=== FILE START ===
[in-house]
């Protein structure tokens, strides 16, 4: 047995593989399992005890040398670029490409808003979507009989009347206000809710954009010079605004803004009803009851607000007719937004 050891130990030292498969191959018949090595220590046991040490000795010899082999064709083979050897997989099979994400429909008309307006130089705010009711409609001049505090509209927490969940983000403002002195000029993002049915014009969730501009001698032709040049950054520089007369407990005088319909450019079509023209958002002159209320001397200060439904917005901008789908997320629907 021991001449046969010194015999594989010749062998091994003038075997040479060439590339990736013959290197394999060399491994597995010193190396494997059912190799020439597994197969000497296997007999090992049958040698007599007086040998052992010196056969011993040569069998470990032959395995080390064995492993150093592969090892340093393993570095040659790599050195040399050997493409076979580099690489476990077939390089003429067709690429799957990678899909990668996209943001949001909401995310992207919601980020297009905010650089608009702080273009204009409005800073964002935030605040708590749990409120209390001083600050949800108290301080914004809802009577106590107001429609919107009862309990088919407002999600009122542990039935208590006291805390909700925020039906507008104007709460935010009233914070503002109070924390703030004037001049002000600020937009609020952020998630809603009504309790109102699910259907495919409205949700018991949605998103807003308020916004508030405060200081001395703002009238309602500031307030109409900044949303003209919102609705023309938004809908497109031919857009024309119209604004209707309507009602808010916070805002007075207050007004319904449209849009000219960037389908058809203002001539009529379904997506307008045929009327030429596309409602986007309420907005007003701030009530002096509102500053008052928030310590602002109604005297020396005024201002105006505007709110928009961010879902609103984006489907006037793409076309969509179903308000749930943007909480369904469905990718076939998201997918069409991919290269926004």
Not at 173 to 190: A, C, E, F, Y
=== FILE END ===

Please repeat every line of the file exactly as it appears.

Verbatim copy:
[in-house]
């Protein structure tokens, strides 16, 4: 047995593989399992005890040398670029490409808003979507009989009347206000809710954009010079605004803004009803009851607000007719937004 050891130990030292498969191959018949090595220590046991040490000795010899082999064709083979050897997989099979994400429909008309307006130089705010009711409609001049505090509209927490969940983000403002002195000029993002049915014009969730501009001698032709040049950054520089007369407990005088319909450019079509023209958002002159209320001397200060439904917005901008789908997320629907 021991001449046969010194015999594989010749062998091994003038075997040479060439590339990736013959290197394999060399491994597995010193190396494997059912190799020439597994197969000497296997007999090992049958040698007599007086040998052992010196056969011993040569069998470990032959395995080390064995492993150093592969090892340093393993570095040659790599050195040399050997493409076979580099690489476990077939390089003429067709690429799957990678899909990668996209943001949001909401995310992207919601980020297009905010650089608009702080273009204009409005800073964002935030605040708590749990409120209390001083600050949800108290301080914004809802009577106590107001429609919107009862309990088919407002999600009122542990039935208590006291805390909700925020039906507008104007709460935010009233914070503002109070924390703030004037001049002000600020937009609020952020998630809603009504309790109102699910259907495919409205949700018991949605998103807003308020916004508030405060200081001395703002009238309602500031307030109409900044949303003209919102609705023309938004809908497109031919857009024309119209604004209707309507009602808010916070805002007075207050007004319904449209849009000219960037389908058809203002001539009529379904997506307008045929009327030429596309409602986007309420907005007003701030009530002096509102500053008052928030310590602002109604005297020396005024201002105006505007709110928009961010879902609103984006489907006037793409076309969509179903308000749930943007909480369904469905990718076939998201997918069409991919290269926004």
Not at 173 to 190: A, C, E, F, Y